Pathos vs Melancholy - What's the difference?

pathos | melancholy |

As nouns the difference between pathos and melancholy

is that pathos is pathos while melancholy is (historical) black bile, formerly thought to be one of the four "cardinal humours" of animal bodies.

As an adjective melancholy is

affected with great sadness or depression.




  • The quality or property of anything which touches the feelings or excites emotions and passions, especially that which awakens tender emotions, such as pity, sorrow, and the like; contagious warmth of feeling, action, or expression; pathetic quality.
  • * 1874 , Thomas Hardy, Far From The Madding Crowd, 1874:
  • His voice had a genuine pathos now, and his large brown hands perceptibly trembled.
  • (rhetoric) A writer or speaker's attempt to persuade an audience through appeals involving the use of strong emotions such as pity.
  • (literature) An author's attempt to evoke a feeling of pity or sympathetic sorrow for a character.
  • (theology, philosophy) In theology and existentialist ethics following Kierkegaard and Heidegger, a deep and abiding commitment of the heart, as in the notion of "finding your passion" as an important aspect of a fully lived, engaged life.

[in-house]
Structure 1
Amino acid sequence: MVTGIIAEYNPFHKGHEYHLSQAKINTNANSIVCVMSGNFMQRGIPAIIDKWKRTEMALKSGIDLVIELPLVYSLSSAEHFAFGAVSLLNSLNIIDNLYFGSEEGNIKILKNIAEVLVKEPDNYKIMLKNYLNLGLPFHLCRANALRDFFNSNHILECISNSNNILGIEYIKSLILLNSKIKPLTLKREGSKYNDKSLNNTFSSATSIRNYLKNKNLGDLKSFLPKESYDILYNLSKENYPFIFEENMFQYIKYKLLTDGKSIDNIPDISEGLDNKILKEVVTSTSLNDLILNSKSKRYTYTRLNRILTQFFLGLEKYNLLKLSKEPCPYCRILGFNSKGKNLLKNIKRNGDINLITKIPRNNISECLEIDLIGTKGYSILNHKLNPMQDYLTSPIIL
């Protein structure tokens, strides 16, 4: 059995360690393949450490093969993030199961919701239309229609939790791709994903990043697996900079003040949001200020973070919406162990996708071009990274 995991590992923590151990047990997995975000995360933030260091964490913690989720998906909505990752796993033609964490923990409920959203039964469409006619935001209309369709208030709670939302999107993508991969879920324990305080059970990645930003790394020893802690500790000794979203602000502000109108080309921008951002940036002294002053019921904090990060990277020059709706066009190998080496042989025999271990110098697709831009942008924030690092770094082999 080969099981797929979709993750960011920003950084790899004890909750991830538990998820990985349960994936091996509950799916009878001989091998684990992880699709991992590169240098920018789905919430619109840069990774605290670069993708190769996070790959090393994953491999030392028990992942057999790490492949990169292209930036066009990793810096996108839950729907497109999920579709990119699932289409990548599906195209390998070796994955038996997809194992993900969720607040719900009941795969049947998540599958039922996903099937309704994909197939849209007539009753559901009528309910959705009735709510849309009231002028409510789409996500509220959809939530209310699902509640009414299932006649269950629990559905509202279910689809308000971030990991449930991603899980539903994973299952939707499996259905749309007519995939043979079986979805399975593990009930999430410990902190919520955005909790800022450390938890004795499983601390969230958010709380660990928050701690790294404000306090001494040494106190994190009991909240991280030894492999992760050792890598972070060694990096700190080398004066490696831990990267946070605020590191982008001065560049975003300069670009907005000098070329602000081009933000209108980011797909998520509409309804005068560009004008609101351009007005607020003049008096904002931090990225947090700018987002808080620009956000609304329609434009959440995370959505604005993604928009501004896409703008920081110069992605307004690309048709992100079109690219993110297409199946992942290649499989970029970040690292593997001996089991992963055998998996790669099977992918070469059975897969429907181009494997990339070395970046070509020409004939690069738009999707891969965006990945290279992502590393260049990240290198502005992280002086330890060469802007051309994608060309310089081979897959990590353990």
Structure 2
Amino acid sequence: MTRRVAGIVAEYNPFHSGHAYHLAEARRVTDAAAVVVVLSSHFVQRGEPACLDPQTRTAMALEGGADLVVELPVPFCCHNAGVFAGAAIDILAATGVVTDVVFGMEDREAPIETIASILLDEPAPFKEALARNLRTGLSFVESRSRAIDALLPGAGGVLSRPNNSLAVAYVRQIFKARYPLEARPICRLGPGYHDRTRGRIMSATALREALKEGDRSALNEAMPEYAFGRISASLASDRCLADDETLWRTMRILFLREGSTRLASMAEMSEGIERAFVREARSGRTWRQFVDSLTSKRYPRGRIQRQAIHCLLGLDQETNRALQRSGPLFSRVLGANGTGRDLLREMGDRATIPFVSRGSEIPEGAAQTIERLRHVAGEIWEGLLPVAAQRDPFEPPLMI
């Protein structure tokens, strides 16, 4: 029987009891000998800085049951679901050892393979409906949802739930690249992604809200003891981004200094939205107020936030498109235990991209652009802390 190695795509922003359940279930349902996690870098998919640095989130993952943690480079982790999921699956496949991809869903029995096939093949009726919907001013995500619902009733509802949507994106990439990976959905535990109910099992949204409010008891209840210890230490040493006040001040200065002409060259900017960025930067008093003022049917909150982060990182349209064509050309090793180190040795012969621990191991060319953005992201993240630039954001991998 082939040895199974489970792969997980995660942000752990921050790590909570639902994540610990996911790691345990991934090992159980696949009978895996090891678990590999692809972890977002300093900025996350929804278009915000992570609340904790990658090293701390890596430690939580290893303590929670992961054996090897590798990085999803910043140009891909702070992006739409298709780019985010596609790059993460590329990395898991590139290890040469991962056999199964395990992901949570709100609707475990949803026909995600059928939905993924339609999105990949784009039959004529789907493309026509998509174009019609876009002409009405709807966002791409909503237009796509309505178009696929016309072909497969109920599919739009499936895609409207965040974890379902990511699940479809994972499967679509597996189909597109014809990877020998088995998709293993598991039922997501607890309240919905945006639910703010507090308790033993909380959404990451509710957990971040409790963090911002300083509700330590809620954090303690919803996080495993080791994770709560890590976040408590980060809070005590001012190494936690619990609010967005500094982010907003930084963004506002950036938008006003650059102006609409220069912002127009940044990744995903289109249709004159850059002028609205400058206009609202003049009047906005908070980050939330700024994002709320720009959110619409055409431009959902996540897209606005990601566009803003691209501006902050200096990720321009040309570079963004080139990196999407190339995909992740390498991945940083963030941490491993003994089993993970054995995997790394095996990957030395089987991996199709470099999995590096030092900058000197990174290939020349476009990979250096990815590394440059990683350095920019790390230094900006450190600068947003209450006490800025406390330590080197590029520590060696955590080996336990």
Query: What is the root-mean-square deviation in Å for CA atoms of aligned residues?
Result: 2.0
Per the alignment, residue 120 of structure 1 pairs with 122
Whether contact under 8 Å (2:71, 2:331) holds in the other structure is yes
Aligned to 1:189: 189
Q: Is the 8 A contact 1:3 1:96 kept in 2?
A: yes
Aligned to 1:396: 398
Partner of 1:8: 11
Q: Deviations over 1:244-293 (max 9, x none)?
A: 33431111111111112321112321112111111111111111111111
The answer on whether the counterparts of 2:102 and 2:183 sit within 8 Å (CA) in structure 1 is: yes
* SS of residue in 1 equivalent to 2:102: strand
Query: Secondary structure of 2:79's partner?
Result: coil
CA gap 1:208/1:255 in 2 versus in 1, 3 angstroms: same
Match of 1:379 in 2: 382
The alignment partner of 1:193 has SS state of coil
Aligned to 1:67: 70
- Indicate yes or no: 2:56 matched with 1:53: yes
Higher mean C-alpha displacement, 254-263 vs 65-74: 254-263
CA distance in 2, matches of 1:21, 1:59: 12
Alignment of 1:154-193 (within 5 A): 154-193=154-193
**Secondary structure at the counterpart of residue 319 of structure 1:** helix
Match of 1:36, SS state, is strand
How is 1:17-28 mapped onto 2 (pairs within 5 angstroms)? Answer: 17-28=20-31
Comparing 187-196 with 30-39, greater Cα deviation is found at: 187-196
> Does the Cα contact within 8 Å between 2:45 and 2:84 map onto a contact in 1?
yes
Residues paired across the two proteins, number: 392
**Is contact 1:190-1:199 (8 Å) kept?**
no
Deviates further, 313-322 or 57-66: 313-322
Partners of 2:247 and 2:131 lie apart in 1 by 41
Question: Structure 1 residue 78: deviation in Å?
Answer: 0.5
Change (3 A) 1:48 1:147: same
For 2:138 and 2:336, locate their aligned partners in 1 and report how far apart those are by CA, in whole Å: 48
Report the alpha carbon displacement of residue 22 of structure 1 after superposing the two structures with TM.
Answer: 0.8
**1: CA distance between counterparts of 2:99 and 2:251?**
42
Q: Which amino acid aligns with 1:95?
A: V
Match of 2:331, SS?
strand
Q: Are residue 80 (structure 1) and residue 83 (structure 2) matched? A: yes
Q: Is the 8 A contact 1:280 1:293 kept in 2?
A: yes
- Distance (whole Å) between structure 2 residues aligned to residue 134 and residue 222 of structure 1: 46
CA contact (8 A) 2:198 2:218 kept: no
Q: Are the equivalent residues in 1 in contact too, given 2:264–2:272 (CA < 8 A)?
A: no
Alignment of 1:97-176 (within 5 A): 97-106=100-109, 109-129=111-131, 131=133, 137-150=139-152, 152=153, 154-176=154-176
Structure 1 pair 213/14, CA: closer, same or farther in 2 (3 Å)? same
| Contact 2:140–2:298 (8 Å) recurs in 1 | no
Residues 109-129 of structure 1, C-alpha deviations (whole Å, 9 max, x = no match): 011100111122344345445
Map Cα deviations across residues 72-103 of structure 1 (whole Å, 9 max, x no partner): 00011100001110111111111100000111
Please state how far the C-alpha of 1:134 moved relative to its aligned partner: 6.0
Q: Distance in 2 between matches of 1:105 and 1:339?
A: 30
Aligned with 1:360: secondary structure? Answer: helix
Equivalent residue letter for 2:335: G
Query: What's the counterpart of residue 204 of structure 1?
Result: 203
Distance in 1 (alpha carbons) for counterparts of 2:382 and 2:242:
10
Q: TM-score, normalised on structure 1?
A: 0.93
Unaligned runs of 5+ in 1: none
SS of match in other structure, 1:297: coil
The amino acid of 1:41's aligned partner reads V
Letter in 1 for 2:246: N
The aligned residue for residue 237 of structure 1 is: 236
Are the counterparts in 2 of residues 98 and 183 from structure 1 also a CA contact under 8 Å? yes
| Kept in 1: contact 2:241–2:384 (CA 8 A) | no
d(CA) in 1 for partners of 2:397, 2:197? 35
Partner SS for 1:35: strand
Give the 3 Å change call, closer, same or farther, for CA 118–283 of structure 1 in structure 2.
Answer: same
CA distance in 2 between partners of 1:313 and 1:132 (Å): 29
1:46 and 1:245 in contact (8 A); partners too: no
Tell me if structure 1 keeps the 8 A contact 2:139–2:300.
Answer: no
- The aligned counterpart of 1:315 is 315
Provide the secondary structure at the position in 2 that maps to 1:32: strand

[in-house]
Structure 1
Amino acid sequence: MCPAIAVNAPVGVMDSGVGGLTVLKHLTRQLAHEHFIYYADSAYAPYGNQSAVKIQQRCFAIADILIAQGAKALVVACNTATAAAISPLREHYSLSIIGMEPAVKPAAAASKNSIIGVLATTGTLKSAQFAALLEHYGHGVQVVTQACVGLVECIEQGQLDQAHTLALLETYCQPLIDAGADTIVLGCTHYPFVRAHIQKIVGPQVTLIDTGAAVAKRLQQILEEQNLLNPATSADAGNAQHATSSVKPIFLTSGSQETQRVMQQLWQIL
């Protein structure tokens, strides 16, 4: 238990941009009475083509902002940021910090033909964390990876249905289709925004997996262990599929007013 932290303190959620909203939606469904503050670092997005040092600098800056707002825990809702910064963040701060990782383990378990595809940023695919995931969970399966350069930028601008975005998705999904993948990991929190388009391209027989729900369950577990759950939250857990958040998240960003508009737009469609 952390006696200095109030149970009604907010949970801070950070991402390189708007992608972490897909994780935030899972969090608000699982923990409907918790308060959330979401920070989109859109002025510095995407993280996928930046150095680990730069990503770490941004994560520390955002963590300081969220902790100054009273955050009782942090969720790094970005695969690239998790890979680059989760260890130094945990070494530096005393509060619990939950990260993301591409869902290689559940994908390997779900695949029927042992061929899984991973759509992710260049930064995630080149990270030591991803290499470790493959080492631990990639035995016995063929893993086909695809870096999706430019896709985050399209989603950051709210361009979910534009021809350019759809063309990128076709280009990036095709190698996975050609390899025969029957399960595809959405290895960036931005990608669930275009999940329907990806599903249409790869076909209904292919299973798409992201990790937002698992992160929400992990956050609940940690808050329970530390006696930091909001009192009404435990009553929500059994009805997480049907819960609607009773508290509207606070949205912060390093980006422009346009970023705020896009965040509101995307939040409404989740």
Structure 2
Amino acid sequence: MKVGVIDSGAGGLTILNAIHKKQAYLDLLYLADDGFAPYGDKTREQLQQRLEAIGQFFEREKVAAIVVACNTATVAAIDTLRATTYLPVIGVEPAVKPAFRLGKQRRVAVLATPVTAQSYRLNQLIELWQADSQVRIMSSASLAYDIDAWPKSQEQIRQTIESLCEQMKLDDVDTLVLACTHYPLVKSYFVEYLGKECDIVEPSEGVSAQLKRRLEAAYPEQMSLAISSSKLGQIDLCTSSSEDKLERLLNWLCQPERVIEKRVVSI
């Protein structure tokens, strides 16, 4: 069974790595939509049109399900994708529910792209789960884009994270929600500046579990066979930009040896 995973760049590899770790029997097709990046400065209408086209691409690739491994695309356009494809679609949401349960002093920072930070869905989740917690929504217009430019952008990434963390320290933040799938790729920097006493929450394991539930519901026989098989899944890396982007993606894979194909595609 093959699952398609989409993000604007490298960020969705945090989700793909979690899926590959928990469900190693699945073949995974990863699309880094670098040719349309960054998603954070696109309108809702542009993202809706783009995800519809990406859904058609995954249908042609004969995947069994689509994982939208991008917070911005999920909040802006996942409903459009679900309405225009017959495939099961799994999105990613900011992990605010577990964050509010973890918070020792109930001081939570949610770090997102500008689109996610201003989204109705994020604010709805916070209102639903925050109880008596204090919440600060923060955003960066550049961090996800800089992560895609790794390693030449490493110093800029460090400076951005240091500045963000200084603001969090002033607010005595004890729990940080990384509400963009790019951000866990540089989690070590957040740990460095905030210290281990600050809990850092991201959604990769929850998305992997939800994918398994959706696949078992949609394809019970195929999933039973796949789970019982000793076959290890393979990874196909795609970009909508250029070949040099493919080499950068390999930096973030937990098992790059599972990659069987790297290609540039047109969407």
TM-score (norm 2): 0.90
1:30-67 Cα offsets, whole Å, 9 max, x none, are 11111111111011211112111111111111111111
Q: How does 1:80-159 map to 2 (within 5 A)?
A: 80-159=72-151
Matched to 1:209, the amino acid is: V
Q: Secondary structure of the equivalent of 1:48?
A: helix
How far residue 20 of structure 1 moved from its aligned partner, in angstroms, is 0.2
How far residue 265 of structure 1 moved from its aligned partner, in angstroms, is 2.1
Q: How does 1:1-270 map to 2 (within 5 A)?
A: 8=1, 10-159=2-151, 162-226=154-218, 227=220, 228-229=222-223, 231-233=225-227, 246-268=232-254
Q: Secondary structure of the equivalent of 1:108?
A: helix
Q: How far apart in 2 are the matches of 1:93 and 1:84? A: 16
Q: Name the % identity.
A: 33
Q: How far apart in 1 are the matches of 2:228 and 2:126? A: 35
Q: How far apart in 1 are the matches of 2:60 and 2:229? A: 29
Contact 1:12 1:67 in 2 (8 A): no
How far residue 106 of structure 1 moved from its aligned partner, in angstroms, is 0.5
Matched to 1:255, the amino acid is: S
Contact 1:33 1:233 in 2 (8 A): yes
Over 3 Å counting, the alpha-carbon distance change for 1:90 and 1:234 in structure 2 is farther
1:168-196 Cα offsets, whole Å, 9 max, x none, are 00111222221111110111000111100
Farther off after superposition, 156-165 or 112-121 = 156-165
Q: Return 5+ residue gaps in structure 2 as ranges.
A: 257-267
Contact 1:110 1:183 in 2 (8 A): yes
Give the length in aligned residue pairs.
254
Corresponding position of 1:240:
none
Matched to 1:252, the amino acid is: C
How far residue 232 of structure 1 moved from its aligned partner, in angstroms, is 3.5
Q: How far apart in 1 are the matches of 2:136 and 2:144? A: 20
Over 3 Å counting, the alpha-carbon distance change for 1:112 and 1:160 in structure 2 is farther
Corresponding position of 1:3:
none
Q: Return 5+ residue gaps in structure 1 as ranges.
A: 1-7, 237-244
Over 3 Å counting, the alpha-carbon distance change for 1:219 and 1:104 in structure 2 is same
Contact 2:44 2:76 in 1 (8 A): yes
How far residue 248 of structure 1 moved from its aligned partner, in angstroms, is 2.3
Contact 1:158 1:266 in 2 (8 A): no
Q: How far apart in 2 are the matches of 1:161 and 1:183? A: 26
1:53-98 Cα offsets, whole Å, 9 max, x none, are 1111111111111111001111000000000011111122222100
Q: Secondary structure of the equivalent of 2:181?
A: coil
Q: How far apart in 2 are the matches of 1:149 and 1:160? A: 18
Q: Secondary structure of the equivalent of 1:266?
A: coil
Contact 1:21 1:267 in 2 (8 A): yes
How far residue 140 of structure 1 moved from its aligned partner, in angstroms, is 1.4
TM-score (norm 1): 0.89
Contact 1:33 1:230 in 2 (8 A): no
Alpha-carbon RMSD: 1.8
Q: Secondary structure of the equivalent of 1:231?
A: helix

• Anagrams

    * ----




    (en adjective)
  • Affected with great sadness or depression.
  • * {{quote-book, year=1922, author=(Ben Travers), title=(A Cuckoo in the Nest)
  • , chapter=1 citation , passage=“[…] the awfully hearty sort of Christmas cards that people do send to other people that they don't know at all well. You know. The kind that have mottoes


    * (thoughtful sadness) (l) * See also


  • (historical) Black bile, formerly thought to be one of the four "cardinal humours" of animal bodies.
  • *, Bk.I, New York 2001, p.148:
  • Melancholy , cold and dry, thick, black, and sour,is a bridle to the other two hot humours, blood and choler, preserving them in the blood, and nourishing the bones.
  • Great sadness or depression, especially of a thoughtful or introspective nature.
  • * 1593 , (William Shakespeare), , V. i. 34:
  • My mind was troubled with deep melancholy .